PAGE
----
Here’s a quick and easy craft for kids using simple cutting, coloring and construction.
These creatures were inspired by a wire-and-wood dog made by American sculptor and artist Alexander Calder. I particularly love how the clothespin makes such a quirky-shaped head. So I’ve adapted the idea here into a Pteranodon.
Colored Construction Paper
Floral Wire (or Pipe Cleaners)
Markers (or Paint)
Small Googley Eyes
Decide which side of the clothespin is the mouth. I like to use the closed end for the mouth, so that the kids can pinch the clothespin to open and close the mouth. It makes the creature interactive. Have the kids color the entire outside of the clothespin in a color that matches the color of their construction paper wings. If you don’t have a lot of time for this craft, use markers since they will dry immediately. Paint takes a while to dry and will delay the final construction of the Pteranodon. Next, have the kids pinch the clothespin open and color the inside of the mouth red. Once the head is colored (and dry) glue the eyes on. I prefer placing the eyes on the sides, and instructed the kids to glue them just above and in front of the spring that holds the clothespin together.
Start with a piece of construction paper that’s about 12” x 3”, folded in half to make a 6” x 3” piece. Using the folded edge for the base of the wing, pre-trace a single wing shape on the paper for the kids and have them cut it out (which is what I do for the kindergarteners). Older kids can probably draw their own, just make sure that the base of the wing is at the folded edge, so that when the paper is unfolded you will have two equally shaped wings from one continuous sheet of paper. You can download a wing shape here. Now the kids can draw designs on the wings. Since the Pteranodon will be viewed from all angles, I like to have both sides of the wings decorated. Painting the designs makes for some beautiful and expressive designs, but you’ll need to allow it to dry before moving on to construction. If your kids need instant gratification, have them use markers to decorate the wings.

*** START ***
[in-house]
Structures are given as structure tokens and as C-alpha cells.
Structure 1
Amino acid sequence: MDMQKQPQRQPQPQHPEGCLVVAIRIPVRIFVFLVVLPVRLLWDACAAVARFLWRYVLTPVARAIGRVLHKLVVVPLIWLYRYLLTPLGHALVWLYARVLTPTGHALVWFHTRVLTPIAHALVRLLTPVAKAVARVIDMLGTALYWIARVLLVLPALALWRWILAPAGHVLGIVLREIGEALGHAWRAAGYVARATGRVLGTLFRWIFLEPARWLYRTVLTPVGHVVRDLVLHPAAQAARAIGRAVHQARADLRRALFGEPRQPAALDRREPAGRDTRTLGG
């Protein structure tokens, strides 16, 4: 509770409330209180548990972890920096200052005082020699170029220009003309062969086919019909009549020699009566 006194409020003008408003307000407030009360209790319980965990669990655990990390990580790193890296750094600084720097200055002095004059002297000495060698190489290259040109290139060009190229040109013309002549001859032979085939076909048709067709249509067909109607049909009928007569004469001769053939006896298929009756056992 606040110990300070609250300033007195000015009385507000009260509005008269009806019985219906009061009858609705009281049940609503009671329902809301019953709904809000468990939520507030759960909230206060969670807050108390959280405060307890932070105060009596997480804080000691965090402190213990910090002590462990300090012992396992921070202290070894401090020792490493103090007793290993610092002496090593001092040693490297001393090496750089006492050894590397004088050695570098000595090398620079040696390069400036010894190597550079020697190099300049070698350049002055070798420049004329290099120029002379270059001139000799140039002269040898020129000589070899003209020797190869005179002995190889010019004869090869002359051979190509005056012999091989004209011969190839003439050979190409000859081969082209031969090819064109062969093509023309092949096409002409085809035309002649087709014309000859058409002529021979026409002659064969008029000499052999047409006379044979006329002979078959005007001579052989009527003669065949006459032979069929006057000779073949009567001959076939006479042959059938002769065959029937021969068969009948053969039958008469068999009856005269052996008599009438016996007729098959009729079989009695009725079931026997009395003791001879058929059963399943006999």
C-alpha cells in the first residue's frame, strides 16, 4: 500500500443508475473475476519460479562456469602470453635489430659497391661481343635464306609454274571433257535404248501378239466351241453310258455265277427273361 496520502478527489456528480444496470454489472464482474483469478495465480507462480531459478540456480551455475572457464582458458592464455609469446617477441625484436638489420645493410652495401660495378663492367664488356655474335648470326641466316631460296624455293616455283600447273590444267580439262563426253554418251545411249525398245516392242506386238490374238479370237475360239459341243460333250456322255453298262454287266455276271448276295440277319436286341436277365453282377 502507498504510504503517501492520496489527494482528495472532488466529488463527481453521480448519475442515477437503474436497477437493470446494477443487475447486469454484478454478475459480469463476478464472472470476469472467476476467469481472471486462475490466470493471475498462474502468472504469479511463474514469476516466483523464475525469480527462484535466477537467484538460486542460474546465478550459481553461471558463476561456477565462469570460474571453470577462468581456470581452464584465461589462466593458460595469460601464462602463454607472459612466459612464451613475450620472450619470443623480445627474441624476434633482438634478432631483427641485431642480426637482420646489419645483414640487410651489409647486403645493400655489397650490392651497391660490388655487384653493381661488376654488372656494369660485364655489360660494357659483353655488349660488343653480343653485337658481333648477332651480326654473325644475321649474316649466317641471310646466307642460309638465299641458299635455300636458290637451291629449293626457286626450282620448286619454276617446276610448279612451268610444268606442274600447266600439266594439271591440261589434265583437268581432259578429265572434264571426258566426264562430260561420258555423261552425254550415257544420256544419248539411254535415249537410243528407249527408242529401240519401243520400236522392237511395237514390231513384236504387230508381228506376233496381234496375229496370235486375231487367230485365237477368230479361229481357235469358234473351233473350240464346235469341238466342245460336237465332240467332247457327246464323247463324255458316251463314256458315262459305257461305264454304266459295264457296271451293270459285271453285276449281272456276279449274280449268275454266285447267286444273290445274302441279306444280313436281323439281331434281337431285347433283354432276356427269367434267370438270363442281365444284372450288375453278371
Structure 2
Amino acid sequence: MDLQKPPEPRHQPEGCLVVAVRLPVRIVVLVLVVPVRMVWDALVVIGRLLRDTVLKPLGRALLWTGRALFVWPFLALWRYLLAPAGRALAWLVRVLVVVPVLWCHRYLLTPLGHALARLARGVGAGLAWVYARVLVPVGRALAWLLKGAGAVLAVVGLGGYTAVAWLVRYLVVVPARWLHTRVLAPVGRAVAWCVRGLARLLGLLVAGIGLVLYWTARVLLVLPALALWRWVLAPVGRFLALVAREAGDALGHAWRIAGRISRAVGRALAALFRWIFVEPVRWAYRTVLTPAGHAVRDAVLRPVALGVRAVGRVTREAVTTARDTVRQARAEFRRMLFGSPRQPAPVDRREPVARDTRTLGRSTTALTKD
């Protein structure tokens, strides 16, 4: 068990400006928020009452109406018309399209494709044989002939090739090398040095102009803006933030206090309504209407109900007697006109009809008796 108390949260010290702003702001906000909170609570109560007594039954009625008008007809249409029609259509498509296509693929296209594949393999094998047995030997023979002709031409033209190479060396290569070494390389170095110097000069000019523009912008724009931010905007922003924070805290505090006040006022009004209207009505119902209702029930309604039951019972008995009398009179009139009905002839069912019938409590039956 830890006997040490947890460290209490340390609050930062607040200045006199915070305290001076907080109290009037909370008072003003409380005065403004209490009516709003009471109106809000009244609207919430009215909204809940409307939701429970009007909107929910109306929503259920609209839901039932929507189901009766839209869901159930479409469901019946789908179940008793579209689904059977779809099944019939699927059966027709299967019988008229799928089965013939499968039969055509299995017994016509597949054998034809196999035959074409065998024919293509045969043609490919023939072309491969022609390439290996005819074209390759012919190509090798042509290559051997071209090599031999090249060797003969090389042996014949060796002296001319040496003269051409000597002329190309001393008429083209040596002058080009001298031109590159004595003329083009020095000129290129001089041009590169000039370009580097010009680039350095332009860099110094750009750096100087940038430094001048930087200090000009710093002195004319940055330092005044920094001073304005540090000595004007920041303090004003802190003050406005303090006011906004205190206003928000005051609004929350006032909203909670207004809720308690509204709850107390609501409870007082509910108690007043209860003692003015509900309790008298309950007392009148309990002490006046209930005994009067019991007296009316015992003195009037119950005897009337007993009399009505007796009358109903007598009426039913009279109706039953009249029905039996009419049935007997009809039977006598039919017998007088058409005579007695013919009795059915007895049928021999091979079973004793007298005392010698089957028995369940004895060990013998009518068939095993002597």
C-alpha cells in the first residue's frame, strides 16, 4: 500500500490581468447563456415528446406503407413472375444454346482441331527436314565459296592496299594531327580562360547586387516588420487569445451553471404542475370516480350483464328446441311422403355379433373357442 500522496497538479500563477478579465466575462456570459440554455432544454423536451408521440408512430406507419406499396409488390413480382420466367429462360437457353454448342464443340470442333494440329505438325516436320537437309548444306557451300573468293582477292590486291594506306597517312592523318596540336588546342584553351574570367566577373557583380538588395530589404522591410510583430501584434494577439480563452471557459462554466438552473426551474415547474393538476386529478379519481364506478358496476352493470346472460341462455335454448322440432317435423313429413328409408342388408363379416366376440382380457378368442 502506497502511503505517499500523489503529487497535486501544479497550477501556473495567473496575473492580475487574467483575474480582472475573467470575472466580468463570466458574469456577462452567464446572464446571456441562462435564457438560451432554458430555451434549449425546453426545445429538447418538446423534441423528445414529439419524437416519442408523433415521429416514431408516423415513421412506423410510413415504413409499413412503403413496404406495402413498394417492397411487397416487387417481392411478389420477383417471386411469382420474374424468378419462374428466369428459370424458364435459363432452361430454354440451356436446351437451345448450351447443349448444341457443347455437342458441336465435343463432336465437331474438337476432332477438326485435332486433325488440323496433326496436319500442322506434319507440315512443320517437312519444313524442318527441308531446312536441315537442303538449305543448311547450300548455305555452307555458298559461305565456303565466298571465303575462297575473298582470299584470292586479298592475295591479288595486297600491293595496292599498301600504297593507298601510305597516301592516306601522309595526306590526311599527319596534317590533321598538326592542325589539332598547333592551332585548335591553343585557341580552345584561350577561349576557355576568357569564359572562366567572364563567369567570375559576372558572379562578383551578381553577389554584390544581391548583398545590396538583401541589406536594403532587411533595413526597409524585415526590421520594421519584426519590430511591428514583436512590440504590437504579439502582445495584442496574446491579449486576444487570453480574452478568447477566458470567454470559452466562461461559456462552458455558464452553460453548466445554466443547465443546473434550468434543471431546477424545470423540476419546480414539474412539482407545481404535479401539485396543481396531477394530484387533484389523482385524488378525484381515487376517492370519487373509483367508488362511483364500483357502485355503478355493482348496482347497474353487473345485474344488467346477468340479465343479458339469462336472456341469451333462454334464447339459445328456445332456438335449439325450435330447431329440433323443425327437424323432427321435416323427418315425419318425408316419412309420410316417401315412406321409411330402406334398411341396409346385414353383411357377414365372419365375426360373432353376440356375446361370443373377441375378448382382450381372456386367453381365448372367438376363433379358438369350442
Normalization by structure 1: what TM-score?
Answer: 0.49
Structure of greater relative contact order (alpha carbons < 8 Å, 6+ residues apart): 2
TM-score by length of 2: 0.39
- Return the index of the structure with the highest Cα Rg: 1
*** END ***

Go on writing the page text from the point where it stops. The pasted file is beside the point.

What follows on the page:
Take your floral wire (or pipe cleaner) and thread it through the spring that holds the clothespin together. With the clothespin at the center of the wire, pulls the sides of the wire down to wrap around the bottom of the head (the side of the clothespin that does not have the eyes glued to it). Twist the wire 3-4 times to tighten it. These twists also serve as the neck. Now place the center of wings in between the two pieces of wire and twist again to hold the paper between the wires. With the remaining small sections of wire just spread them apart so they become the legs.